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A cave automatic virtual environment (better known by the recursive acronym CAVE) is an immersive virtual reality environment where projectors are directed to between three and six of the walls of a room-sized cube. The name is also a reference to the allegory of the Cave in Plato's Republic in which a philosopher contemplates perception, reality and illusion.
The first CAVE was invented by Carolina Cruz-Neira, Daniel J. Sandin, and Thomas A. DeFanti at the University of Illinois, Chicago Electronic Visualization Laboratory in 1992. A CAVE is typically a video theater situated within a larger room. The walls of a CAVE are typically made up of rear-projection screens, however flat panel displays are becoming more common. The floor can be a downward-projection screen, a bottom projected screen or a flat panel display. The projection systems are very high-resolution due to the near distance viewing which requires very small pixel sizes to retain the illusion of reality. The user wears 3D glasses inside the CAVE to see 3D graphics generated by the CAVE. People using the CAVE can see objects apparently floating in the air, and can walk around them, getting a proper view of what they would look like in reality. This was initially made possible by electromagnetic sensors, but has converted to infrared cameras. The frame of early CAVEs had to be built from non-magnetic materials such as wood to minimize interference with the electromagnetic sensors; the change to infrared tracking has removed that limitation. A CAVE user's movements are tracked by the sensors typically attached to the 3D glasses and the video continually adjusts to retain the viewers perspective. Computers control both this aspect of the CAVE and the audio aspect. There are typically multiple speakers placed at multiple angles in the CAVE, providing 3D sound to complement the 3D video.
A lifelike visual display is created by projectors positioned outside the CAVE and controlled by physical movements from a user inside the CAVE. A motion capture system records the real time position of the user. Stereoscopic LCD shutter glasses convey a 3D image. The computers rapidly generate a pair of images, one for each of the user's eyes, based on the motion capture data. The glasses are synchronized with the projectors so that each eye only sees the correct image. Since the projectors are positioned outside the cube, mirrors are often used to reduce the distance required from the projectors to the screens. One or more computers drive the projectors. Clusters of desktop PCs are popular to run CAVEs, because they cost less and run faster.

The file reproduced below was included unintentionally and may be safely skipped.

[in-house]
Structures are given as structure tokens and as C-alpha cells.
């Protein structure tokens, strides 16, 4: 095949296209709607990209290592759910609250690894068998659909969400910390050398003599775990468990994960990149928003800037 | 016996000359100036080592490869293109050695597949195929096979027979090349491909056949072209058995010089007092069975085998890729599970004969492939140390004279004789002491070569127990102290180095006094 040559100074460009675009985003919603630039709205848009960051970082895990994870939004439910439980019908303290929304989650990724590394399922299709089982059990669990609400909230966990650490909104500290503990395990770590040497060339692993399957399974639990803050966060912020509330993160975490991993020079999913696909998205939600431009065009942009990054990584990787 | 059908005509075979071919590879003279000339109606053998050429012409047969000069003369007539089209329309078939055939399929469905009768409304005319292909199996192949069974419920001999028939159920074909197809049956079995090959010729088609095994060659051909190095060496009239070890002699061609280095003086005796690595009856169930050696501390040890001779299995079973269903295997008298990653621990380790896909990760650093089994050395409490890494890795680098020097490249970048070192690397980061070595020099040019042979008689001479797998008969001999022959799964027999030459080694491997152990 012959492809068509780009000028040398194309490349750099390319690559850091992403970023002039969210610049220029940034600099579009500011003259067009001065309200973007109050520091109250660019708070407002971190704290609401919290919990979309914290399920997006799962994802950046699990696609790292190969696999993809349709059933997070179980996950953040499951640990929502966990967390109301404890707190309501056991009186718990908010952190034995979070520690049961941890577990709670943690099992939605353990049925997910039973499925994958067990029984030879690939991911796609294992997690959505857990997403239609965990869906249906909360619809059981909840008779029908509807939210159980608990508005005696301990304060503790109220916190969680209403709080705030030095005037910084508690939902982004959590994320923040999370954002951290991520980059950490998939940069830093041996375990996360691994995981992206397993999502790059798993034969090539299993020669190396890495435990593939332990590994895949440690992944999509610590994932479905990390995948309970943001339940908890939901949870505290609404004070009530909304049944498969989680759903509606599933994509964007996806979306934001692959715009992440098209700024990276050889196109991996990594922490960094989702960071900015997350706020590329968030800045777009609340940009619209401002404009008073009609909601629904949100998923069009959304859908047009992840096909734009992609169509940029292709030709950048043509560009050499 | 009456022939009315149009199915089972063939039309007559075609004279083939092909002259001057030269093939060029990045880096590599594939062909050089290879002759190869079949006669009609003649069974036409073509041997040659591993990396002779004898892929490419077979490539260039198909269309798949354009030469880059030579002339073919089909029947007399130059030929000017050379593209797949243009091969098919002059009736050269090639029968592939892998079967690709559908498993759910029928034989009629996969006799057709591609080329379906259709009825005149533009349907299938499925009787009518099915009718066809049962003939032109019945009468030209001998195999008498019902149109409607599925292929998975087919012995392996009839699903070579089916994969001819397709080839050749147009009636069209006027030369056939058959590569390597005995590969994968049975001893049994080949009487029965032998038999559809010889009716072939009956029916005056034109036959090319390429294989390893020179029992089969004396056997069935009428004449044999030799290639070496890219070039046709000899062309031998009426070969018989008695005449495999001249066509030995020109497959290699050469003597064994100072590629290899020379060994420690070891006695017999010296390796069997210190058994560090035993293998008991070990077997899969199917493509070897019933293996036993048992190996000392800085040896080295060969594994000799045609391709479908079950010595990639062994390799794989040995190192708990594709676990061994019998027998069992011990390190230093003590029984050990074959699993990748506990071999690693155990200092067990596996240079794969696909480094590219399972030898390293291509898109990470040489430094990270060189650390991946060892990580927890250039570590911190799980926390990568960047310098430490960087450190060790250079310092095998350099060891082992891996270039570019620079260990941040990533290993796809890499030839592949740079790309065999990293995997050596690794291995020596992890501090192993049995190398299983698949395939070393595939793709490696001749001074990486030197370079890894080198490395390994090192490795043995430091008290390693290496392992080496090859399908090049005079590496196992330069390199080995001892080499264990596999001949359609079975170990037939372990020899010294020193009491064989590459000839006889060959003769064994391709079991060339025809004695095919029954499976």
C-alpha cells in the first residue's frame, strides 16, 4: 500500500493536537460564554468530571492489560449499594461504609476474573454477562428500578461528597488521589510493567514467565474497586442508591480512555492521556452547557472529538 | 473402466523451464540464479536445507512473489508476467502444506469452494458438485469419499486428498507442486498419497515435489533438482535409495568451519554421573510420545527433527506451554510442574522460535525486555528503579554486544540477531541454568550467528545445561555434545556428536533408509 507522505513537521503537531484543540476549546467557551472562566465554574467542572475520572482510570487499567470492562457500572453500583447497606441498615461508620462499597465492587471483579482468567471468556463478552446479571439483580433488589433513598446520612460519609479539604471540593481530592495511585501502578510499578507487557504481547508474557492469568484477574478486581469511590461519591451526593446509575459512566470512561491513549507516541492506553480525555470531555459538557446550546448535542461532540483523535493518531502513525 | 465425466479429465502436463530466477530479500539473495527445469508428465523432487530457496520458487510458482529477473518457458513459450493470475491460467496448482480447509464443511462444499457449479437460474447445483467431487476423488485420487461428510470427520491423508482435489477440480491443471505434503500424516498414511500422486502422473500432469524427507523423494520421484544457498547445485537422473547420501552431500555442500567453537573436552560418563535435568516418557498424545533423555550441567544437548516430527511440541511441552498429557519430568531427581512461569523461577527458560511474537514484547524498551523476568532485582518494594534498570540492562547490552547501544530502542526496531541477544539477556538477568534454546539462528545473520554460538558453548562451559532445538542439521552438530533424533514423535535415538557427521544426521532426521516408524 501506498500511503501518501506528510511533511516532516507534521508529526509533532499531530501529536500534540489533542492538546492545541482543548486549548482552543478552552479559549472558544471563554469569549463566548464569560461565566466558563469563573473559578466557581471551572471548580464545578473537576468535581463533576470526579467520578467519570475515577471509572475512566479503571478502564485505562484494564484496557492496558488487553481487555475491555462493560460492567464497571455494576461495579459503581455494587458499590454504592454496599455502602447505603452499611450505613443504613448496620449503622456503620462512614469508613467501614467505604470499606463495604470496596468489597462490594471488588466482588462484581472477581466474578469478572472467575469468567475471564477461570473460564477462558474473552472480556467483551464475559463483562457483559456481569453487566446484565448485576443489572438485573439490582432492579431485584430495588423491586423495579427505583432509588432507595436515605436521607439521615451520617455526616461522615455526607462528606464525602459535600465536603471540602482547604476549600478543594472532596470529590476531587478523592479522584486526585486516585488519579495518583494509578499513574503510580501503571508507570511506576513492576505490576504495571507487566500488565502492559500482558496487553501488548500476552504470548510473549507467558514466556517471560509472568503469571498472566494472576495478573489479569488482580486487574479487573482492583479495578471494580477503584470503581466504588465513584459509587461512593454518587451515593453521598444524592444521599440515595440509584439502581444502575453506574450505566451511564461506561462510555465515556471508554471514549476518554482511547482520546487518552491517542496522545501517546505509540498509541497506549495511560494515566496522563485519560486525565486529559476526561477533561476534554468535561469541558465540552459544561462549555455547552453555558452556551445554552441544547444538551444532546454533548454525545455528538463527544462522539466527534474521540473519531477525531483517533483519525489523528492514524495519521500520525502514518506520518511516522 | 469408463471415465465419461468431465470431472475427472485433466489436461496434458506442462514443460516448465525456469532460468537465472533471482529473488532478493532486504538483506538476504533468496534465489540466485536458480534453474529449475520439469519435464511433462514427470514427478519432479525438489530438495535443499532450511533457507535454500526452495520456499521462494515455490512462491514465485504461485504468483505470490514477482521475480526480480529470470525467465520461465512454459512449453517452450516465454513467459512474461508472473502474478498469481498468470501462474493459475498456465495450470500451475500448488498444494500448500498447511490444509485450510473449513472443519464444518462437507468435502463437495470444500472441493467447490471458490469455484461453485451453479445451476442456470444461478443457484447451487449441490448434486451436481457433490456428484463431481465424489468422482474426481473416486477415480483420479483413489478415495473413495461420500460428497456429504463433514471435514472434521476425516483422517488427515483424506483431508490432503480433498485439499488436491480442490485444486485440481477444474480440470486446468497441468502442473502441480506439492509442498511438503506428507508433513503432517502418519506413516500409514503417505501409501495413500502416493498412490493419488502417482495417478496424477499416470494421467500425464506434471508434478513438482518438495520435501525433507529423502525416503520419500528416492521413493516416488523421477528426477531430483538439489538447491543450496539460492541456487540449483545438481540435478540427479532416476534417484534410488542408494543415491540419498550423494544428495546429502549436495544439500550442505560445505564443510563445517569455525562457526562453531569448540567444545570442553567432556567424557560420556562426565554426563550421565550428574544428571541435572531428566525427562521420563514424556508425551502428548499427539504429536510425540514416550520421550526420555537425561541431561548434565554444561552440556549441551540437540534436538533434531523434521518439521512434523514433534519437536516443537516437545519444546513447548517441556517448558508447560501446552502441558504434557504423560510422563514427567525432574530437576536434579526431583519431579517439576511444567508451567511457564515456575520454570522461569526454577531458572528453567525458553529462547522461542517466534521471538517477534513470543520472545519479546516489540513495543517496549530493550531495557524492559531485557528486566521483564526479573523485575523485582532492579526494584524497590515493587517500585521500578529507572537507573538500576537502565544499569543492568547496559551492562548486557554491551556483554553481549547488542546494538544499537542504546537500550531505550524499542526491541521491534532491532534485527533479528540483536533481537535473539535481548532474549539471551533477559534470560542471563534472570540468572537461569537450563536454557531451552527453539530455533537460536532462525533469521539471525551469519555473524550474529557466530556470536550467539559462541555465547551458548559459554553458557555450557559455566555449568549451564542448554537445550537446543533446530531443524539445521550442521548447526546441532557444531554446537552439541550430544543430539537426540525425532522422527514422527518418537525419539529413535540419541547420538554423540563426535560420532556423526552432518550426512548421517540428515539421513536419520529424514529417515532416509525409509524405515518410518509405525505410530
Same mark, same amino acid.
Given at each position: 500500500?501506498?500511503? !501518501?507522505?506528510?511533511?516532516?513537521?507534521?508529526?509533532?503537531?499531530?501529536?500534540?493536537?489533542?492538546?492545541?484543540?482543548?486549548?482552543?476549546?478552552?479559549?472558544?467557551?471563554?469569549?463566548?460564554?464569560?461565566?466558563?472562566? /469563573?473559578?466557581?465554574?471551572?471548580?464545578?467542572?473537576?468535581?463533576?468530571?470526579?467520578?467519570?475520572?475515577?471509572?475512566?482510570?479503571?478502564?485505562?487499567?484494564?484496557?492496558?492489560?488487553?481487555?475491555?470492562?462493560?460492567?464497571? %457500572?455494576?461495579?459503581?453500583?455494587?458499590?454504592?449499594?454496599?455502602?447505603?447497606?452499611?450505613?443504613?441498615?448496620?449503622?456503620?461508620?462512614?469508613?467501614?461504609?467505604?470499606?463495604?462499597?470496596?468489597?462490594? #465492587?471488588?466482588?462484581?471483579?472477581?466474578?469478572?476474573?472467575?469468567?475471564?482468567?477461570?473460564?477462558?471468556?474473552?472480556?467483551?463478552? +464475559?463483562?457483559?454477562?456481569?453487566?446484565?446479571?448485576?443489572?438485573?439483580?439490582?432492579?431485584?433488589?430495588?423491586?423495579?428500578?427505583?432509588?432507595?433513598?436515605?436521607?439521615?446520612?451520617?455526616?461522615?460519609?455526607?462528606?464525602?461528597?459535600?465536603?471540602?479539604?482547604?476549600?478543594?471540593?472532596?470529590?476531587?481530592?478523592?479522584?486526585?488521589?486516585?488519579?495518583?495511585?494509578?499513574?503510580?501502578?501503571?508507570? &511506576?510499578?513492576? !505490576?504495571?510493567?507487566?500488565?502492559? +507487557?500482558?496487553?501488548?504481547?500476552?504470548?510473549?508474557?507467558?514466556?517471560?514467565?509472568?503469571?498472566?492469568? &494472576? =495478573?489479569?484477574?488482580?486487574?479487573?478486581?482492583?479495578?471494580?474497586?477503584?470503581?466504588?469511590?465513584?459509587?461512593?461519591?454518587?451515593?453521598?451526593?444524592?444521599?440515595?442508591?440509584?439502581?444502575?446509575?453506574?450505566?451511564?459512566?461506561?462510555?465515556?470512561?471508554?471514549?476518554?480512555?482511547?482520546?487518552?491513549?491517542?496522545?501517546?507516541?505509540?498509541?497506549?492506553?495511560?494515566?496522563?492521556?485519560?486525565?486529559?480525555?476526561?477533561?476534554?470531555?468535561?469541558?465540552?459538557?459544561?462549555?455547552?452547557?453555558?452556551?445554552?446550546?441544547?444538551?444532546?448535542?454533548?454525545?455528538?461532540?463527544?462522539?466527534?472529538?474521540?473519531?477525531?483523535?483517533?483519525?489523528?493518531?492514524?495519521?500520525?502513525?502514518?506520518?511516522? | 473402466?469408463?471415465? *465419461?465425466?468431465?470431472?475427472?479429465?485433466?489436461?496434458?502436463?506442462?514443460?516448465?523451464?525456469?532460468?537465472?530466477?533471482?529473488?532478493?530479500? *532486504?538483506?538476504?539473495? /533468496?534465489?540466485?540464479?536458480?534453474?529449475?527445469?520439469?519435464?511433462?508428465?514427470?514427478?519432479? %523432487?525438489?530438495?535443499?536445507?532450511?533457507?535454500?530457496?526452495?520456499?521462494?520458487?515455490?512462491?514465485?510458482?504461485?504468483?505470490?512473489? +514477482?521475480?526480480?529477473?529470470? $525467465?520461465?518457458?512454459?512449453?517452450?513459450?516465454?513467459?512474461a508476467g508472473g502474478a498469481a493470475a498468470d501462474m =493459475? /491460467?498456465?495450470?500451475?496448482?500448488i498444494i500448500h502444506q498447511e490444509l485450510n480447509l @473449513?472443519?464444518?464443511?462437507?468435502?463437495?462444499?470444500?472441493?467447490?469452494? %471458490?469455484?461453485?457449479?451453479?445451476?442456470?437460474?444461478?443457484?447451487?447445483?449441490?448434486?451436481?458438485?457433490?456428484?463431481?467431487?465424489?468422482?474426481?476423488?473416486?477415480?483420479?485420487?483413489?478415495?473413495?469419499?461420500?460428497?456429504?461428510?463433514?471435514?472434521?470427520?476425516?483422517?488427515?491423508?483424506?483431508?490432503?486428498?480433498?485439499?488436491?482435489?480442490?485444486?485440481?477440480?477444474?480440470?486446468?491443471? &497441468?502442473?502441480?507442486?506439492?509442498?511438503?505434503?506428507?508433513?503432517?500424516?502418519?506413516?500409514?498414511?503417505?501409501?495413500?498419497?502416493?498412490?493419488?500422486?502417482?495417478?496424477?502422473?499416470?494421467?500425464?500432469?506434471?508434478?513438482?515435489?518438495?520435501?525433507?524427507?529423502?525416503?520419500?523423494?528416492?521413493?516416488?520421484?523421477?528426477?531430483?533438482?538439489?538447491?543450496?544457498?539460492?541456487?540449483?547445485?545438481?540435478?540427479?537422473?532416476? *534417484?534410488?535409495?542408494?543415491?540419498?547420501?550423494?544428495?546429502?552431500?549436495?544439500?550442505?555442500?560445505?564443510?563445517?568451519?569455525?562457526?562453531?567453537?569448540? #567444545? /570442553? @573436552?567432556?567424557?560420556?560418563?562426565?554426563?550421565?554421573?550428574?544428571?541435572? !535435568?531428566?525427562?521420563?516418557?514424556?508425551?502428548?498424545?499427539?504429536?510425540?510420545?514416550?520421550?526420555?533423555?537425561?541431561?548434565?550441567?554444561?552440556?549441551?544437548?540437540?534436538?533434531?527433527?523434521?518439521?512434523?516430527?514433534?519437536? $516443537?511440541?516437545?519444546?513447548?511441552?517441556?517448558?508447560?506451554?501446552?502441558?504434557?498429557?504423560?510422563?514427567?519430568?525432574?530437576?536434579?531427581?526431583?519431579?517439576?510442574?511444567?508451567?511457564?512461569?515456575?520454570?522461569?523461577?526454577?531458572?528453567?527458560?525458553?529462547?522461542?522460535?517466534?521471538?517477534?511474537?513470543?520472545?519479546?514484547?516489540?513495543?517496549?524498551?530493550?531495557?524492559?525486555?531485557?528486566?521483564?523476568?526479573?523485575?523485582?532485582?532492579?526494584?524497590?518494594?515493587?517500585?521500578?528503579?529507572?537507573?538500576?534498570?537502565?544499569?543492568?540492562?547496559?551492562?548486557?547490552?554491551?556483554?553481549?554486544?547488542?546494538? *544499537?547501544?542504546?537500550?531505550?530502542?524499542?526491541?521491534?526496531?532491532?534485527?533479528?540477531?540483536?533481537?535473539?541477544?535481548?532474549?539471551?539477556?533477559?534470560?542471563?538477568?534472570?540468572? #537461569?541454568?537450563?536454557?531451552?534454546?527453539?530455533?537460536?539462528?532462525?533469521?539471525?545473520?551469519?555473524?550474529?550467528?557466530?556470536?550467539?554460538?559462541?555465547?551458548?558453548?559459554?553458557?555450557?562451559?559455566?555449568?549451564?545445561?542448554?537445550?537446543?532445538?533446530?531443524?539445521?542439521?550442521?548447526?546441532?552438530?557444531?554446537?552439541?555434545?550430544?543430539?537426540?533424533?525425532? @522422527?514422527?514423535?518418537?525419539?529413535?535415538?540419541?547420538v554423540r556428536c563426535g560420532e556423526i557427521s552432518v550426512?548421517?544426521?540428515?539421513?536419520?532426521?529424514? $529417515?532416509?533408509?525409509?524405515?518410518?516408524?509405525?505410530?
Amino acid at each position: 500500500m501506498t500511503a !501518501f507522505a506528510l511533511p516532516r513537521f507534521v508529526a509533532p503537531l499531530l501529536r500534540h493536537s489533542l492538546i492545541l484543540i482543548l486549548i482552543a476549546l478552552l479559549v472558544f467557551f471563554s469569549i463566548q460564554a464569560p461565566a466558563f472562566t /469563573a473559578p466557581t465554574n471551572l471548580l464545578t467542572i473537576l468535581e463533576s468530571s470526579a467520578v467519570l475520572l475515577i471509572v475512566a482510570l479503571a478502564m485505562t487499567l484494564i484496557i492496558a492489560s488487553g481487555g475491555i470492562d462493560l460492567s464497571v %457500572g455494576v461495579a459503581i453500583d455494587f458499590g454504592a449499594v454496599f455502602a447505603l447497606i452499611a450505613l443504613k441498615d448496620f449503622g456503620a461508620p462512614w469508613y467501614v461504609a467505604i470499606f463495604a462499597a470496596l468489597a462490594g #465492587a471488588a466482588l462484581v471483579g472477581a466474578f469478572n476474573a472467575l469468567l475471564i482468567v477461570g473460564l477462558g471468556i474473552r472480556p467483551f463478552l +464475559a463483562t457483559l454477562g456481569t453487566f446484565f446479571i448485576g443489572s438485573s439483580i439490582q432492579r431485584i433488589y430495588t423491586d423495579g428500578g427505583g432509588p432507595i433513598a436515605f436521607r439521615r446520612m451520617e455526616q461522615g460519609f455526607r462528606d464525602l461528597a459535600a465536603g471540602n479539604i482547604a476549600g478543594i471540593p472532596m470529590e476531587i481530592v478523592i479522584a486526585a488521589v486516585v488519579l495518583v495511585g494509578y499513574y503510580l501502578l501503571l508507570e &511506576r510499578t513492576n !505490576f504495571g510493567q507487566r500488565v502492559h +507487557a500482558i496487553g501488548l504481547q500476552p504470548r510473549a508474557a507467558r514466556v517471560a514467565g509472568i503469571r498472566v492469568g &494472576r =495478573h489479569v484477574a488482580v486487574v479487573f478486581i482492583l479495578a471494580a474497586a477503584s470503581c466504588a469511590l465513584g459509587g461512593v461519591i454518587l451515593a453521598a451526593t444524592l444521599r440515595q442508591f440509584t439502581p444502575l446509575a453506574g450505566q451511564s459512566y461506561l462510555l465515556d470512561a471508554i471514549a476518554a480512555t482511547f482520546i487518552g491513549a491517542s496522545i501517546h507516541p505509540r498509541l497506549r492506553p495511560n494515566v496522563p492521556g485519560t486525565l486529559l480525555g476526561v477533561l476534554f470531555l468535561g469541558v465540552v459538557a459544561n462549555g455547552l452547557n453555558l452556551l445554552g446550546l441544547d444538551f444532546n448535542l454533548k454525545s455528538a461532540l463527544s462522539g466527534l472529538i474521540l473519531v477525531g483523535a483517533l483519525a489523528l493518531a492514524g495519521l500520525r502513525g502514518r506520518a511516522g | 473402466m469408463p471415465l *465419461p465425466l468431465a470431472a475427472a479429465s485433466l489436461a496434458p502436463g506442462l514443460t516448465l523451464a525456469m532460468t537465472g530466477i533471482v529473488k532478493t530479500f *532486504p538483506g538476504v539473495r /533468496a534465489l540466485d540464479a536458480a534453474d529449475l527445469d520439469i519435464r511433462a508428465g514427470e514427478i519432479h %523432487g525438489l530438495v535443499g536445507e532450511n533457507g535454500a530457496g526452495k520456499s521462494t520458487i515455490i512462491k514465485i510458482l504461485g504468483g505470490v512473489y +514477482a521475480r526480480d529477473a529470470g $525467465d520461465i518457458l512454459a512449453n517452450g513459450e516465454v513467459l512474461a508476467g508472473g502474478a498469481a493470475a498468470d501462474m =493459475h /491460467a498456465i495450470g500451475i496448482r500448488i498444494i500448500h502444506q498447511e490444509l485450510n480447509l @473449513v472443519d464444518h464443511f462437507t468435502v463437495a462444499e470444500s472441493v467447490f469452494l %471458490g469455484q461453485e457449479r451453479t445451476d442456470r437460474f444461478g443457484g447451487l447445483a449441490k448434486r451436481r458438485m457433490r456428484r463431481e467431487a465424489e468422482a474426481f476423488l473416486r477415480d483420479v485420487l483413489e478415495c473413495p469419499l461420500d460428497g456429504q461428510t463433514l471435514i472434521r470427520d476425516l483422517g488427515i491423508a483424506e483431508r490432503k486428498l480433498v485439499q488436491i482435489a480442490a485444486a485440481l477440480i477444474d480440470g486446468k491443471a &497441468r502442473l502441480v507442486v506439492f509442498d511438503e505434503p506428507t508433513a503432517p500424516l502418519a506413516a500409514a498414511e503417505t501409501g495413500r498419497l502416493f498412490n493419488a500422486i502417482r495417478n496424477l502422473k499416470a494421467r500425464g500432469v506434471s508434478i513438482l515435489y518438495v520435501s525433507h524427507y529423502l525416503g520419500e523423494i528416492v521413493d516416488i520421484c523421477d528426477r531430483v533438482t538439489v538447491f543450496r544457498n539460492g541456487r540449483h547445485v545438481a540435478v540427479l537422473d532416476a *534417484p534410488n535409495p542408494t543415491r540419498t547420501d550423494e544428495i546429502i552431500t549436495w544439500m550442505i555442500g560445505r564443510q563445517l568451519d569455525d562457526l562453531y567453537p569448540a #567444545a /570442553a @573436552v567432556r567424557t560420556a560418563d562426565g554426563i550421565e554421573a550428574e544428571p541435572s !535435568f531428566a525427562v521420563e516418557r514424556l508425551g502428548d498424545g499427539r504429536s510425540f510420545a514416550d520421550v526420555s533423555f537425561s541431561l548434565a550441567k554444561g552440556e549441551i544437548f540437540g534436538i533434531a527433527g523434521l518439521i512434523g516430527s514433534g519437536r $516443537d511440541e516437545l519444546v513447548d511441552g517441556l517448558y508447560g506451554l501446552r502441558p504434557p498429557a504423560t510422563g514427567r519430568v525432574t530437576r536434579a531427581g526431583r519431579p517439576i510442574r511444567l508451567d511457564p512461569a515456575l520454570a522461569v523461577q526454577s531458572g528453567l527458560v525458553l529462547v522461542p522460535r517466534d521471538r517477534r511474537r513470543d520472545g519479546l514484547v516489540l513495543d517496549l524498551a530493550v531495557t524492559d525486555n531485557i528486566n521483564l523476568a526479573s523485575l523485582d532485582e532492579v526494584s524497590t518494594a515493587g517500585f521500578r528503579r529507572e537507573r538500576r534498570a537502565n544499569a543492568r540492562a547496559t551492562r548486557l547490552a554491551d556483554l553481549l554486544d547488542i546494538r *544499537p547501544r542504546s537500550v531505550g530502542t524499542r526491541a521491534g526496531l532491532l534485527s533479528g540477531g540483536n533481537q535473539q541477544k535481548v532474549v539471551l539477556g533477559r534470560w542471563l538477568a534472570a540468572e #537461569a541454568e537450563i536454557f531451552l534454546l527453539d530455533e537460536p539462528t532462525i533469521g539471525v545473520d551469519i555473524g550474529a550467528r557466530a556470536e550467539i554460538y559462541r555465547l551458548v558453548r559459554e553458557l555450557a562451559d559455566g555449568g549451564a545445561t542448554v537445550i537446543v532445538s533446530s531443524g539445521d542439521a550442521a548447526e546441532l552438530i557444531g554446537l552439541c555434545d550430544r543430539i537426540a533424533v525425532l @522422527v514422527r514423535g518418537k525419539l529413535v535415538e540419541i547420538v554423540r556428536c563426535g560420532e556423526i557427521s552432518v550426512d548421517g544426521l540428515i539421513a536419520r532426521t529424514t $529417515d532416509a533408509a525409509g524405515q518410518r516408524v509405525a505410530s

Software and libraries designed specifically for CAVE applications are available. There are several techniques for rendering the scene. There are 3 popular scene graphs in use today: OpenSG, OpenSceneGraph, and OpenGL Performer. OpenSG and OpenSceneGraph are open source; while OpenGL Performer is free, its source code is not included.
To be able to create an image that will not be distorted or out of place, the displays and sensors must be calibrated. The calibration process depends on the motion capture technology being used. Optical or Inertial-acoustic systems only requires to configure the zero and the axes used by the tracking system. Calibration of electromagnetic sensors (like the ones used in the first cave) is more complex. In this case a person will put on the special glasses needed to see the images in 3D. The projectors then fill the CAVE with many one-inch boxes set one foot apart. The person then takes an instrument called an "ultrasonic measurement device" which has a cursor in the middle of it, and positions the device so that the cursor is visually in line with the projected box. This process can go on until almost 400 different blocks are measured. Each time the cursor is placed inside a block, a computer program records the location of that block and sends the location to another computer. If the points are calibrated accurately, there should be no distortion in the images that are projected in the CAVE. This also allows the CAVE to correctly identify where the user is located and can precisely track their movements, allowing the projectors to display images based on where the person is inside the CAVE.
CAVE systems lost relevance in all but legacy applications with the advent of modern Virtual Reality systems such as HTC Vive and Oculus Rift. The concept of the original CAVE has been reapplied and is currently being used in a variety of fields. Many universities own CAVE systems. CAVEs have many uses. Many engineering companies use CAVEs to enhance product development. Prototypes of parts can be created and tested, interfaces can be developed, and factory layouts can be simulated, all before spending any money on physical parts. This gives engineers a better idea of how a part will behave in the product in its entirety. CAVEs are also used more and more in the collaborative planning in construction sector. Researchers can use CAVE system to conduct their research topic in a more accessible and effective method. For example, CAVEs was applied on the investigation of training subjects on landing a F-16 aircraft.
The EVL team at UIC released the CAVE2 in October 2012. Similar to the original CAVE, it is a 3D immersive environment but is based on LCD panels rather than projection.
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